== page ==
The Poet's House

A serendipitous meeting between a self-deprecating young woman and a famous aging poet in The Poet's House--the eighth novel from Jean Thompson (A Cloud in the Shape of a Girl; The Year We Left Home)--leads to a friendship with far-reaching and heartwarming consequences.

Carla, good-natured and hardworking, enjoys her Bay Area landscaping job and, with "one of those brains that doesn't process words on a page very well," she's skeptical of education. Nevertheless, she notes a feeling of "standing just outside of something desirable and urgent and important." Tending the garden at a remote Marin County home, she meets Viridian, a "rock-star poet" whose face revealed "a freight of history, of things lived and understood." Carla's growing fascination with poetry launches a shift in her self-esteem, and her narrative becomes increasingly thoughtful and poetic. Her inclusion in Viridian's social circle puzzles her supportive boyfriend, an IT worker, and Carla is initially shy. But Viridian explains: "It's exactly because you don't know anything. Not yet. But you want to... it's all new to you the way it has not been new to me for a long time."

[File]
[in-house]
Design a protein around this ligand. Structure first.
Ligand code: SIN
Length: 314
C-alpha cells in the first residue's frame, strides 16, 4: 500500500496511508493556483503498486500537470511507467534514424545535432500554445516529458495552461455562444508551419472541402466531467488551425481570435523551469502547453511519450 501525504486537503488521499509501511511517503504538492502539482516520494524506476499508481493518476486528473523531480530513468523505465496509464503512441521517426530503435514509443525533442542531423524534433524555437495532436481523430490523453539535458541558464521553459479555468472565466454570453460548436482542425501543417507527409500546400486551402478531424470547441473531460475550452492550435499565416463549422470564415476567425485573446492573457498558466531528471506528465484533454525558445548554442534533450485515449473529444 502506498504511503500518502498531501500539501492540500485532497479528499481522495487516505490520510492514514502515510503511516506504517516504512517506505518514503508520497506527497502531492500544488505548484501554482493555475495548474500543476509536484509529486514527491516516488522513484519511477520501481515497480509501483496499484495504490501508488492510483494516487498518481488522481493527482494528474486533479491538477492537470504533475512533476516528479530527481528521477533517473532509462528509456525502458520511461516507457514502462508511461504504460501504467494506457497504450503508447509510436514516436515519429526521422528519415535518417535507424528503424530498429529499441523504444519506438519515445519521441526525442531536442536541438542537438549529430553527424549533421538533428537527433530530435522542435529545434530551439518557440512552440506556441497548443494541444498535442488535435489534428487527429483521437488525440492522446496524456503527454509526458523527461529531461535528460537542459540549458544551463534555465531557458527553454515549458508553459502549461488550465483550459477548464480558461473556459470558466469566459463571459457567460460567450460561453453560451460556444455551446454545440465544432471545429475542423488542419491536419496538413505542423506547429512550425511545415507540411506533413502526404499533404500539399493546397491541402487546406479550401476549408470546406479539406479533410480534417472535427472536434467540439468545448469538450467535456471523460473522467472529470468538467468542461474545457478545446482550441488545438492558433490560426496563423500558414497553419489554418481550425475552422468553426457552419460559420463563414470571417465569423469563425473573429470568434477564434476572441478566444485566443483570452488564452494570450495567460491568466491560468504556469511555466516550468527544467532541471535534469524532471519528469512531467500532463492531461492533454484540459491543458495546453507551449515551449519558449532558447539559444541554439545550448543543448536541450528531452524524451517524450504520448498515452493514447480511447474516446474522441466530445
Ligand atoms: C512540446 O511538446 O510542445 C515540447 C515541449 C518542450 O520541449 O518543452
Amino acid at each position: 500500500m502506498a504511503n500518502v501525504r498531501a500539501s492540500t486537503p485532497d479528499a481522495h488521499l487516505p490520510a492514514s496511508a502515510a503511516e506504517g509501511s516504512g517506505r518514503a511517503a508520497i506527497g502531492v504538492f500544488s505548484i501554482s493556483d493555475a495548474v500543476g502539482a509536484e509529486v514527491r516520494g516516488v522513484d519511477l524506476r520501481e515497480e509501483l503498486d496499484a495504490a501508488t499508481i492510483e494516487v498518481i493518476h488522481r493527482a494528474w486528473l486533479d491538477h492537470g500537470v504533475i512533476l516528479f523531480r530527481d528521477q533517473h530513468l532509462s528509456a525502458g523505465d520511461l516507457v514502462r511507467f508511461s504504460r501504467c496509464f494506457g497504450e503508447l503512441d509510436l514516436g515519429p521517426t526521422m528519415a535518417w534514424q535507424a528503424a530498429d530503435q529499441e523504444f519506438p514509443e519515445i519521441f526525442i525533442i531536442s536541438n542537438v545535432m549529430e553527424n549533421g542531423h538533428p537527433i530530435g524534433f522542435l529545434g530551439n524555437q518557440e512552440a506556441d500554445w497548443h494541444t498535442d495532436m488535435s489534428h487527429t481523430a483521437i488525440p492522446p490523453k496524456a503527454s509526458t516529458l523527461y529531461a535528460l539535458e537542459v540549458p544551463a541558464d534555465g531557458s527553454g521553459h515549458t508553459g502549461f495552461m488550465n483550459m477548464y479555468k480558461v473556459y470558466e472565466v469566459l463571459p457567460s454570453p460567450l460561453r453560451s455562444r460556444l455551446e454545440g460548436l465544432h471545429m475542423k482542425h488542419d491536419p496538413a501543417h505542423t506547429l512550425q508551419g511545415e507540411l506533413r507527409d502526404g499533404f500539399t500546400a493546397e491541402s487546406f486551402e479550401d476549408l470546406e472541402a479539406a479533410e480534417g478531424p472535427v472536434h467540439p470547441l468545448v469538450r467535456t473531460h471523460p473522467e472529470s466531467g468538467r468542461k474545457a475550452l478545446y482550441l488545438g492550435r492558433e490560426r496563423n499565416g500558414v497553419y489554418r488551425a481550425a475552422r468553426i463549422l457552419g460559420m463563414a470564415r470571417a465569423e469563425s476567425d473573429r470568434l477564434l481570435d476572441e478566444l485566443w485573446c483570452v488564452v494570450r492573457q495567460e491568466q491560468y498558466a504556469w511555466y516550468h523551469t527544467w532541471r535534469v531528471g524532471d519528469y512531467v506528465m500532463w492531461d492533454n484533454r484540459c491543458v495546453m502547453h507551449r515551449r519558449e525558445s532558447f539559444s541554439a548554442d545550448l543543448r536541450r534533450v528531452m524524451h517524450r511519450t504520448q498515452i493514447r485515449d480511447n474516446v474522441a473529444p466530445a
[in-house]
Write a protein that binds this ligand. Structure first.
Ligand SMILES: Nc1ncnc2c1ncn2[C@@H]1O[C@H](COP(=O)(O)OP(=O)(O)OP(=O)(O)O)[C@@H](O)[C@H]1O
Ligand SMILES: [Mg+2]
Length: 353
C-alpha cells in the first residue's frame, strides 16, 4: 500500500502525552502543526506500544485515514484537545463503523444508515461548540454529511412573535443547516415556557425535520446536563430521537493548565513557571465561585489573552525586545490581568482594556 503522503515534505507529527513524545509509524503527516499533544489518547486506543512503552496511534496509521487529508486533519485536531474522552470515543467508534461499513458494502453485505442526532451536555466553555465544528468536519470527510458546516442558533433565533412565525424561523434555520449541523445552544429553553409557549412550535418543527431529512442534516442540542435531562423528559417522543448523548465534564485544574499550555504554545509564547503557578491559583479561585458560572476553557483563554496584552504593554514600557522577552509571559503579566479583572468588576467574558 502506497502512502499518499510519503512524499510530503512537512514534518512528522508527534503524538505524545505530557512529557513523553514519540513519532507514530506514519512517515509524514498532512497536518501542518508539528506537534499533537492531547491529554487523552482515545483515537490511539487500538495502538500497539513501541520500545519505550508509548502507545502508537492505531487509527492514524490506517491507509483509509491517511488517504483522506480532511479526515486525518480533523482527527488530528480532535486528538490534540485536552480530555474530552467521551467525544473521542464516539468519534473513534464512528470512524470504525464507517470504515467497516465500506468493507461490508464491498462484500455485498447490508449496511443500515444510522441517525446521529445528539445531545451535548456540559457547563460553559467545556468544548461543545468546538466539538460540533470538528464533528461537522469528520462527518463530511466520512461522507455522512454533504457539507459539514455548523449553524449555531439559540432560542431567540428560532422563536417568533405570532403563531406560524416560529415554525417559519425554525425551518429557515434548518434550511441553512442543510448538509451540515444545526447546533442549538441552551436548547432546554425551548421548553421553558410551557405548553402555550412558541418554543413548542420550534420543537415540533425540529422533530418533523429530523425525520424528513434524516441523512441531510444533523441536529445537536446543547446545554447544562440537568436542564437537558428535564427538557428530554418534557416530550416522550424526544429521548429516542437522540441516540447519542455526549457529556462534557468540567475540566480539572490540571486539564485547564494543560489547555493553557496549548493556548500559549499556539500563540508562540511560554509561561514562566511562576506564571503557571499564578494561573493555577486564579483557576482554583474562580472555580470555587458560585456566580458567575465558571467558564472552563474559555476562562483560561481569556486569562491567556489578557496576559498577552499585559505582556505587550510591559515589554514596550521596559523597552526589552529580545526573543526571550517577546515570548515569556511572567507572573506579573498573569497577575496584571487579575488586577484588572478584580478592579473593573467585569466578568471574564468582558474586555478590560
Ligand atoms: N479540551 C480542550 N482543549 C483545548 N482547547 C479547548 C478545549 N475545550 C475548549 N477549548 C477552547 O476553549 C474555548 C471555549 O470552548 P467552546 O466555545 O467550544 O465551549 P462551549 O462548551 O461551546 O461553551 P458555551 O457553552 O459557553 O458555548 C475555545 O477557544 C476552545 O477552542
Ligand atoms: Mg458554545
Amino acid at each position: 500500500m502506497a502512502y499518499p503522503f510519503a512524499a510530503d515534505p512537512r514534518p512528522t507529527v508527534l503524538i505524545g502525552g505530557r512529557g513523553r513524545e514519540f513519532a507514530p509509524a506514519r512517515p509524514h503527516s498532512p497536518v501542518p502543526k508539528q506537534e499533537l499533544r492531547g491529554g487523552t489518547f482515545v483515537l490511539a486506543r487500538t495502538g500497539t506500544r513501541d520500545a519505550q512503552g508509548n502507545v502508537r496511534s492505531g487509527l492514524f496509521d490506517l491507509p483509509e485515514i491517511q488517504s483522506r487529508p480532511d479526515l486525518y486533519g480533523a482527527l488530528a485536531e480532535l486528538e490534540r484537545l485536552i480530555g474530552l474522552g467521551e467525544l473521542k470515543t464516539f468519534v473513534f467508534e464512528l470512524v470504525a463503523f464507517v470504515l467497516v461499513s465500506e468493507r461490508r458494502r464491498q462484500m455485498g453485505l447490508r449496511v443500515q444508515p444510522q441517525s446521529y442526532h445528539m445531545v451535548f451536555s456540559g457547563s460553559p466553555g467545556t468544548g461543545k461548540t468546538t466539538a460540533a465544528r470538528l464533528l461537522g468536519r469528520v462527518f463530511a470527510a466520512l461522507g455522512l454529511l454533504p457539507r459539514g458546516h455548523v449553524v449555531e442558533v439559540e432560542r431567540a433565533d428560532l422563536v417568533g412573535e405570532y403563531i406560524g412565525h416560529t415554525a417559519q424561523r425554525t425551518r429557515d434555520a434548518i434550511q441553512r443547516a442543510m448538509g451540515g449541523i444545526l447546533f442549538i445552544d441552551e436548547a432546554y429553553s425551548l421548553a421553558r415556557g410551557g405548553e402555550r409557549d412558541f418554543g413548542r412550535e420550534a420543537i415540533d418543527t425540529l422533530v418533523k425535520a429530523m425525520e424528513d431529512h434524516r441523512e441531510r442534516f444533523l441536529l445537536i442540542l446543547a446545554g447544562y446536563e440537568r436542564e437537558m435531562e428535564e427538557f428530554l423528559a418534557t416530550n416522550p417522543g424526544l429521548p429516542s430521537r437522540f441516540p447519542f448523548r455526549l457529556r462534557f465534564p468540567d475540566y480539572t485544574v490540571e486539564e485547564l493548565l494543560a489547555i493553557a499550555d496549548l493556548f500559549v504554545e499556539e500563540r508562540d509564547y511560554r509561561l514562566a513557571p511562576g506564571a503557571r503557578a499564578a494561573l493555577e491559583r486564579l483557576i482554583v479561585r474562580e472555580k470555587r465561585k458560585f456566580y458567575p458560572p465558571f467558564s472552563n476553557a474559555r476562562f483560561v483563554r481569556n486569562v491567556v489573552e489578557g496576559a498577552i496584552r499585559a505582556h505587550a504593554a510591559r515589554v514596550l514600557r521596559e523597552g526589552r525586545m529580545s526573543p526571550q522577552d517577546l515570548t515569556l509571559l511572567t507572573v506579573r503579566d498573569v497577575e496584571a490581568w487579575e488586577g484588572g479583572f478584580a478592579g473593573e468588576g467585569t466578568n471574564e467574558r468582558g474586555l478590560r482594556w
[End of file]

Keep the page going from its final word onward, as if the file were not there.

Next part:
Surprising plot twists, including a mystery involving valuable missing poems, take Carla to an upscale San Francisco neighborhood and a deep-woods writers' retreat, all populated with a cast of diverse, quirky characters. Even the least likable of these admire Carla and Viridian, and the story is enhanced with dialogue ranging from laugh-out-loud funny to lines of poetry. The Poet's House forecasts hope for young Carla even as Viridian faces mortality. Readers will long recall these women fondly. --Cheryl McKeon, Book House of Stuyvesant Plaza, Albany, N.Y.

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